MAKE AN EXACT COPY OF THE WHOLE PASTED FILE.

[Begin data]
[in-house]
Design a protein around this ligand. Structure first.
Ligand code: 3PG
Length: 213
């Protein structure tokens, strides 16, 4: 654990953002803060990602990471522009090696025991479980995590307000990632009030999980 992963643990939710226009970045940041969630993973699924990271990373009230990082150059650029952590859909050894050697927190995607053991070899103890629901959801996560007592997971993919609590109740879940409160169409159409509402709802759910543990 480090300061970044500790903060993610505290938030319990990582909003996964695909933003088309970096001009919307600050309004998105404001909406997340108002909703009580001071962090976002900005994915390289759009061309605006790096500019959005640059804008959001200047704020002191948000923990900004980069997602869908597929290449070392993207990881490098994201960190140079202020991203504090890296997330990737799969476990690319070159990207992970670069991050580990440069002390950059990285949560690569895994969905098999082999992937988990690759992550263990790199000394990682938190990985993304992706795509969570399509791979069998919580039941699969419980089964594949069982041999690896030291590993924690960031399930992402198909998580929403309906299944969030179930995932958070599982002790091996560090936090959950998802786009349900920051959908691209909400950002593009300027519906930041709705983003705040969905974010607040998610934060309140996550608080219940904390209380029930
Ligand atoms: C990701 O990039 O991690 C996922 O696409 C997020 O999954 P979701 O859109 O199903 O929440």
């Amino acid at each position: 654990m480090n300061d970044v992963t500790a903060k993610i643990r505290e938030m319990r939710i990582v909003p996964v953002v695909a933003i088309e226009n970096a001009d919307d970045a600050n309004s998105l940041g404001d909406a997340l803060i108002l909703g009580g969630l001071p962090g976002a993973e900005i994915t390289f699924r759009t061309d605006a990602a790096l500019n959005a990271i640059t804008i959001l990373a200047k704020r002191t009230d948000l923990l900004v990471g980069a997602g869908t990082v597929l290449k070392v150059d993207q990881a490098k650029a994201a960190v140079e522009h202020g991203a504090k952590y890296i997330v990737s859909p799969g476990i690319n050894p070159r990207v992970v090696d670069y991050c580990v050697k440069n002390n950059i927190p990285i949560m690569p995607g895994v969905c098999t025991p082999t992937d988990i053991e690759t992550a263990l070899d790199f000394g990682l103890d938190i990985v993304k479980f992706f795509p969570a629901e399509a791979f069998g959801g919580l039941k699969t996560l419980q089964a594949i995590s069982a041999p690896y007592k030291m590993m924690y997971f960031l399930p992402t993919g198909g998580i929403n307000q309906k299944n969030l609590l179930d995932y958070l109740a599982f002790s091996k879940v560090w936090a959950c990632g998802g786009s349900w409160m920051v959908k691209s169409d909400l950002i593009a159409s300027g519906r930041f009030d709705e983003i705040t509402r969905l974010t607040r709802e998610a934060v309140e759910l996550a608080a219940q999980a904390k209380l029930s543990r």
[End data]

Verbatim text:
[in-house]
Design a protein around this ligand. Structure first.
Ligand code: 3PG
Length: 213
């Protein structure tokens, strides 16, 4: 654990953002803060990602990471522009090696025991479980995590307000990632009030999980 992963643990939710226009970045940041969630993973699924990271990373009230990082150059650029952590859909050894050697927190995607053991070899103890629901959801996560007592997971993919609590109740879940409160169409159409509402709802759910543990 480090300061970044500790903060993610505290938030319990990582909003996964695909933003088309970096001009919307600050309004998105404001909406997340108002909703009580001071962090976002900005994915390289759009061309605006790096500019959005640059804008959001200047704020002191948000923990900004980069997602869908597929290449070392993207990881490098994201960190140079202020991203504090890296997330990737799969476990690319070159990207992970670069991050580990440069002390950059990285949560690569895994969905098999082999992937988990690759992550263990790199000394990682938190990985993304992706795509969570399509791979069998919580039941699969419980089964594949069982041999690896030291590993924690960031399930992402198909998580929403309906299944969030179930995932958070599982002790091996560090936090959950998802786009349900920051959908691209909400950002593009300027519906930041709705983003705040969905974010607040998610934060309140996550608080219940904390209380029930
Ligand atoms: C990701 O990039 O991690 C996922 O696409 C997020 O999954 P979701 O859109 O199903 O929440």
């Amino acid at each position: 654990m480090n300061d970044v992963t500790a903060k993610i643990r505290e938030m319990r939710i990582v909003p996964v953002v695909a933003i088309e226009n970096a001009d919307d970045a600050n309004s998105l940041g404001d909406a997340l803060i108002l909703g009580g969630l001071p962090g976002a993973e900005i994915t390289f699924r759009t061309d605006a990602a790096l500019n959005a990271i640059t804008i959001l990373a200047k704020r002191t009230d948000l923990l900004v990471g980069a997602g869908t990082v597929l290449k070392v150059d993207q990881a490098k650029a994201a960190v140079e522009h202020g991203a504090k952590y890296i997330v990737s859909p799969g476990i690319n050894p070159r990207v992970v090696d670069y991050c580990v050697k440069n002390n950059i927190p990285i949560m690569p995607g895994v969905c098999t025991p082999t992937d988990i053991e690759t992550a263990l070899d790199f000394g990682l103890d938190i990985v993304k479980f992706f795509p969570a629901e399509a791979f069998g959801g919580l039941k699969t996560l419980q089964a594949i995590s069982a041999p690896y007592k030291m590993m924690y997971f960031l399930p992402t993919g198909g998580i929403n307000q309906k299944n969030l609590l179930d995932y958070l109740a599982f002790s091996k879940v560090w936090a959950c990632g998802g786009s349900w409160m920051v959908k691209s169409d909400l950002i593009a159409s300027g519906r930041f009030d709705e983003i705040t509402r969905l974010t607040r709802e998610a934060v309140e759910l996550a608080a219940q999980a904390k209380l029930s543990r």